Navigation Links
Long-term memory helps chimpanzees in their search for food
Date:10/23/2013

This news release is available in German.

Where do you go when the fruits in your favorite food tree are gone and you don't know which other tree has produced new fruit yet? An international team of researchers, led by Karline Janmaat from the Max Planck Institute for Evolutionary Anthropology in Leipzig, Germany, studied whether chimpanzees aim their travel to particular rainforest trees to check for fruit and how they increase their chances of discovering bountiful fruit crops. The scientists found that chimpanzees use long-term memory of the size and location of fruit trees and remember feeding experiences from previous seasons using a memory window which can be two months to three years ago.

For their study, the researchers recorded the behavior of five chimpanzee females for continuous periods of four to eight weeks, totaling 275 complete days, throughout multiple fruiting seasons in the Ta National Park, Cte d'Ivoire. They found that chimpanzees fed on significantly larger trees than other reproductively mature trees of the same species, especially if their fruits emitted an obvious smell. Interestingly, trees that were merely checked for edible fruit, but where monitoring could not have been triggered by smell, or the sound of fallen fruit, because the trees did not carry fruit, were also larger.

The researchers found that chimpanzees checked most trees along the way during travel, but 13% were approached in a goal-directed manner. These targeted approaches were unlikely initiated by visual cues and occurred more often when females foraged alone and when trees were large as opposed to small. The results suggested that their monitoring was guided by a long-term "what-where" memory of the location of large potential food trees. For their results, researchers analysed which of nearly 16000 potential food trees with different crown sizes were actually approached by the chimpanzees.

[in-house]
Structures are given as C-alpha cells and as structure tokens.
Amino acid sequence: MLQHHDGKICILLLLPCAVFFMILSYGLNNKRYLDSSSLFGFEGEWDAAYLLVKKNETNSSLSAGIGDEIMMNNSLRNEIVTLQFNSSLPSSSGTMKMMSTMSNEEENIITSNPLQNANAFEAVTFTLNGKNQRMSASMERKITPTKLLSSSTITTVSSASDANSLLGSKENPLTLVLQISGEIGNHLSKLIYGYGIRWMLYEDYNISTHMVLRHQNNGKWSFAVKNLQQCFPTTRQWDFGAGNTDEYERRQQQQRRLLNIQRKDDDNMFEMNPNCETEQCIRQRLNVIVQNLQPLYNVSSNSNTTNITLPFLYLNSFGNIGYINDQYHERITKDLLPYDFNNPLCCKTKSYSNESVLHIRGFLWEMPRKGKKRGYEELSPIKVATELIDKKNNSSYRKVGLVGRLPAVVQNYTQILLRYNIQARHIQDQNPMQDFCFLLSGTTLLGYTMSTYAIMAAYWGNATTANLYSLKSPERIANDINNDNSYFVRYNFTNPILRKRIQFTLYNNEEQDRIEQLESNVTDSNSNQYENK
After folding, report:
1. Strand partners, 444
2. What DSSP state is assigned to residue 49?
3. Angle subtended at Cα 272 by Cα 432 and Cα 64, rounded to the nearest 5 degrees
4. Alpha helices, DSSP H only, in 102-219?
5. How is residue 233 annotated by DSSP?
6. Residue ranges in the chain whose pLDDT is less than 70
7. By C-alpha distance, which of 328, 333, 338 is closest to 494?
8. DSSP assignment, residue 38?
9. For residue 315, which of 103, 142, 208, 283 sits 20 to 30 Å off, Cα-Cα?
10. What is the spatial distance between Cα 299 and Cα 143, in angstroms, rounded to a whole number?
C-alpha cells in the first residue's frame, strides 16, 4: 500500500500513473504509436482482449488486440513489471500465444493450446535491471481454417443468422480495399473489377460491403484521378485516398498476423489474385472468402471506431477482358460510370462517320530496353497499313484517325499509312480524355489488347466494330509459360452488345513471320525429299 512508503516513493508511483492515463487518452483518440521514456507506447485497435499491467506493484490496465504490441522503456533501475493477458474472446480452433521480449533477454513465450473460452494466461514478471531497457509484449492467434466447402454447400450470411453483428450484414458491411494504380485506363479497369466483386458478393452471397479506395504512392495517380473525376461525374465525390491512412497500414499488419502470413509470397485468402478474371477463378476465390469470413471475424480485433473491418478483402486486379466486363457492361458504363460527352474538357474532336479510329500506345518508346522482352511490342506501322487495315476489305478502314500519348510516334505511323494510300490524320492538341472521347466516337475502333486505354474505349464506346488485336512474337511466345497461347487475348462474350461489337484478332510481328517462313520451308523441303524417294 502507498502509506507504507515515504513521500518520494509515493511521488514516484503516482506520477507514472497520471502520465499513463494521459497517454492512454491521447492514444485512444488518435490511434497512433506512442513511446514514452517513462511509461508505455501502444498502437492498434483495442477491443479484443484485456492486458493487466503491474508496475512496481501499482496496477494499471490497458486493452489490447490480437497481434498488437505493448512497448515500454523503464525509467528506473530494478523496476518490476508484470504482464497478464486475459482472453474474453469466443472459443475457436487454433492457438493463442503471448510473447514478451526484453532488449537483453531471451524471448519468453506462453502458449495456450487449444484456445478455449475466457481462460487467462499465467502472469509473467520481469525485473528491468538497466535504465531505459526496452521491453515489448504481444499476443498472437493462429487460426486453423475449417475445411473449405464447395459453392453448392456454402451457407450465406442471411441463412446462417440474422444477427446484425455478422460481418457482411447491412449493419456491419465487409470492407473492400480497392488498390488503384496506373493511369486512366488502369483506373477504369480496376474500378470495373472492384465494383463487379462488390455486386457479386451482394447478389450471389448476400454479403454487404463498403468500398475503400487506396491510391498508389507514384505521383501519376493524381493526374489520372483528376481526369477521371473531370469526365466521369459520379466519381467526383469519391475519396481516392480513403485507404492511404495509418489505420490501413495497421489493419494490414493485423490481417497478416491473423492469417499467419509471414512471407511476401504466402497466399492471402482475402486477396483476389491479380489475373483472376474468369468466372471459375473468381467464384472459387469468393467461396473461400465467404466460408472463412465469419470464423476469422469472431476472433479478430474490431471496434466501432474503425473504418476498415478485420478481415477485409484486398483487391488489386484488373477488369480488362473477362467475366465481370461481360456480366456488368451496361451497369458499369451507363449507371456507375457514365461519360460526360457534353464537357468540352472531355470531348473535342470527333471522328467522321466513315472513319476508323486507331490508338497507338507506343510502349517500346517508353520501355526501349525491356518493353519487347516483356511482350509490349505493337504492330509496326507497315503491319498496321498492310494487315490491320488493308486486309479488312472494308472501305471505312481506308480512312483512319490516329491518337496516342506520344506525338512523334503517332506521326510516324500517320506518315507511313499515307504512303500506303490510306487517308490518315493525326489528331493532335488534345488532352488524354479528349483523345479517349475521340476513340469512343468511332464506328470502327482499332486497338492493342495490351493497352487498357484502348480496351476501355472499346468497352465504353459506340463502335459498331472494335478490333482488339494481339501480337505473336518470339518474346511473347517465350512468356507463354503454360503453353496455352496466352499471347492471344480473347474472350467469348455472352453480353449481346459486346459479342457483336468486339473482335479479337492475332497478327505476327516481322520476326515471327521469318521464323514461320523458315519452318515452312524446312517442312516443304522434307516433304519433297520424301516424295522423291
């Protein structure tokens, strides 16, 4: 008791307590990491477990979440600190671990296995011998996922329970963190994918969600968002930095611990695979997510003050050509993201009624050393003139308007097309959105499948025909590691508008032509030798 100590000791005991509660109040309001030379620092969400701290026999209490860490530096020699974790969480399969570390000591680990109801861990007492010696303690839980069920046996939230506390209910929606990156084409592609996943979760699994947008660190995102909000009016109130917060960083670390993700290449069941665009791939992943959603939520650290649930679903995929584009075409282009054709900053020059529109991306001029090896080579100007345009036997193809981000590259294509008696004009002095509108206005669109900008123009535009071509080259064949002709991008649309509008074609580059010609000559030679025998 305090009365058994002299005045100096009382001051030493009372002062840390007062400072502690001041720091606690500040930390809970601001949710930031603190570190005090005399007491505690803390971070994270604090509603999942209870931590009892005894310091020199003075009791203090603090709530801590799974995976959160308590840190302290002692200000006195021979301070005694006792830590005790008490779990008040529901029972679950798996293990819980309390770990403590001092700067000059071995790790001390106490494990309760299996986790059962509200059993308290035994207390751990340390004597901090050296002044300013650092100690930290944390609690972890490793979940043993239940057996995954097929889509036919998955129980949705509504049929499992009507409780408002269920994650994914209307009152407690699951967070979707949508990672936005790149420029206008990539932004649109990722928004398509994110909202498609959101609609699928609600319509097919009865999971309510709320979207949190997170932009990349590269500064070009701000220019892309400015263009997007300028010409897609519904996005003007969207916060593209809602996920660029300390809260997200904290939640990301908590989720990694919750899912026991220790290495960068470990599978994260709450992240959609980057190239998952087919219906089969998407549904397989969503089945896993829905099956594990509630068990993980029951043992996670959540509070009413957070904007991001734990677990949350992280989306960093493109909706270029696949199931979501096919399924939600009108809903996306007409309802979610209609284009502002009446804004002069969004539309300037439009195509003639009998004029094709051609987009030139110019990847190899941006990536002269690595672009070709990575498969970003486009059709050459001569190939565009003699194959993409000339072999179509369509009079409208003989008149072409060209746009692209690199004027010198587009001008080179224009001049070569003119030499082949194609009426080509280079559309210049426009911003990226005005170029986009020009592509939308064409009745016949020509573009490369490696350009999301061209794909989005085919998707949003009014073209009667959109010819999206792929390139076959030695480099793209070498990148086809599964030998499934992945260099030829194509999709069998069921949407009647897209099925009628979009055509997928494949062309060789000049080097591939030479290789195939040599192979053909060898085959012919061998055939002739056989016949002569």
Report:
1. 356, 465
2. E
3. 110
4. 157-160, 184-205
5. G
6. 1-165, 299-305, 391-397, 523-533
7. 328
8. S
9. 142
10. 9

Observations on one female, followed intensively over three consecutive summers, suggested that she was able to remember feeding experiences across fruiting seasons. Long-term phenological data on individual trees indicated that the interval between successive fruiting seasons, and hence the minimal "memory window" of chimpanzees required for effective monitoring activities, could vary from two months to three years.

"The present study on chimpanzees is the first to show that our close relatives use long-term memory during their search for newly produced tropical fruit, and remember feeding experiences long after trees have been emptied", says Karline Janmaat of the Max Planck Institute for Evolutionary Anthropology.

"For a long time people claimed that animals, contrary to humans, cannot remember the past. This study helps us to understand why chimpanzees and other primates should remember events over long periods in time. And guess what? It also shows they do!" says Christophe Boesch of the Max Planck Institute for Evolutionary Anthropology.